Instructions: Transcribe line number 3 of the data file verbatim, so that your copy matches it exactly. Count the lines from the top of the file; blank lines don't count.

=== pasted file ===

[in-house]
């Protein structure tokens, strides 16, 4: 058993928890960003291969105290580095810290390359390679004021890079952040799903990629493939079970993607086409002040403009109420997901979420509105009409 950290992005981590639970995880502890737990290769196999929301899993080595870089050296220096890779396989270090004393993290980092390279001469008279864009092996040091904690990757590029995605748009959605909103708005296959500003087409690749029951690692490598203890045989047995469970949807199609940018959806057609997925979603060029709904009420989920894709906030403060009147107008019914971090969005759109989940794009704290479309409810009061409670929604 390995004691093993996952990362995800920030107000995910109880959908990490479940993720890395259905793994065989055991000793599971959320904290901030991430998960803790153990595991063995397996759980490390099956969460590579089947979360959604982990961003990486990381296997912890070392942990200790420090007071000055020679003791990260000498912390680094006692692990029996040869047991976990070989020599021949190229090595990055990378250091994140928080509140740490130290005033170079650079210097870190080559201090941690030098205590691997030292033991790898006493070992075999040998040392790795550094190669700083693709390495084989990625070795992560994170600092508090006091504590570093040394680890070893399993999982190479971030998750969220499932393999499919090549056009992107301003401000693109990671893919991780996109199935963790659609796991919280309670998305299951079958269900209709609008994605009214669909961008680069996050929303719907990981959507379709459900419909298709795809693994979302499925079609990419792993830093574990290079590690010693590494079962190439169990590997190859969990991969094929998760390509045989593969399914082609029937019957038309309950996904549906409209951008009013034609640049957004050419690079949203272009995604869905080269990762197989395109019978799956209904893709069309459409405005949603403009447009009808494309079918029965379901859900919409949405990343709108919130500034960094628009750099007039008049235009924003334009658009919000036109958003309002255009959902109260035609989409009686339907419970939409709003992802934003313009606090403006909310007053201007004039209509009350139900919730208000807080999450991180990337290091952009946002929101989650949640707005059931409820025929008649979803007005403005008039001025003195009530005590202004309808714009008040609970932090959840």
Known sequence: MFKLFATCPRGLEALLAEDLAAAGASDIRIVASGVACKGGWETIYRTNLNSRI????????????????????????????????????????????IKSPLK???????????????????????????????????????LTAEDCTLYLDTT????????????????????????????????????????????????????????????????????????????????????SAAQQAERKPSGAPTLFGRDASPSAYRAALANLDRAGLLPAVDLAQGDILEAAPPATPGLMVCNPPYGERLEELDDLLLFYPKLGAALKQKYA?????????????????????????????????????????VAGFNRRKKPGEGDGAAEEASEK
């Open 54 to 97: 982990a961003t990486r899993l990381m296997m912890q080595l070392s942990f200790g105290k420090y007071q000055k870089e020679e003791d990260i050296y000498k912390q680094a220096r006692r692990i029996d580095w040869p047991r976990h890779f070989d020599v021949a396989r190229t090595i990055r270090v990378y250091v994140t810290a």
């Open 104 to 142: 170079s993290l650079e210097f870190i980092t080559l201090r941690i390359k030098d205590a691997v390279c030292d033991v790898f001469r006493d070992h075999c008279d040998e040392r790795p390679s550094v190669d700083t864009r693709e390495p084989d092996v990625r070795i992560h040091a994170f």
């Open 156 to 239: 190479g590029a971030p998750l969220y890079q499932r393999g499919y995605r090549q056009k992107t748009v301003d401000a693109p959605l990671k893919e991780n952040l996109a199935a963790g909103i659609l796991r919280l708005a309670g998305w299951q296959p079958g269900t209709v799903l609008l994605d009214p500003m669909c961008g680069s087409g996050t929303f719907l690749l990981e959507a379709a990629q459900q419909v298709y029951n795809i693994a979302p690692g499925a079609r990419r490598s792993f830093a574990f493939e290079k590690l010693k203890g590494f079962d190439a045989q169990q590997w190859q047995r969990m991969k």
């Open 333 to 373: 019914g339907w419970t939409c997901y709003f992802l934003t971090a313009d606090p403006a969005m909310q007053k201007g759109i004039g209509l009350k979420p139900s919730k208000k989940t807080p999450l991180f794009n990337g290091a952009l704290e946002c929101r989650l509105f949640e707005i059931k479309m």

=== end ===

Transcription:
Known sequence: MFKLFATCPRGLEALLAEDLAAAGASDIRIVASGVACKGGWETIYRTNLNSRI????????????????????????????????????????????IKSPLK???????????????????????????????????????LTAEDCTLYLDTT????????????????????????????????????????????????????????????????????????????????????SAAQQAERKPSGAPTLFGRDASPSAYRAALANLDRAGLLPAVDLAQGDILEAAPPATPGLMVCNPPYGERLEELDDLLLFYPKLGAALKQKYA?????????????????????????????????????????VAGFNRRKKPGEGDGAAEEASEK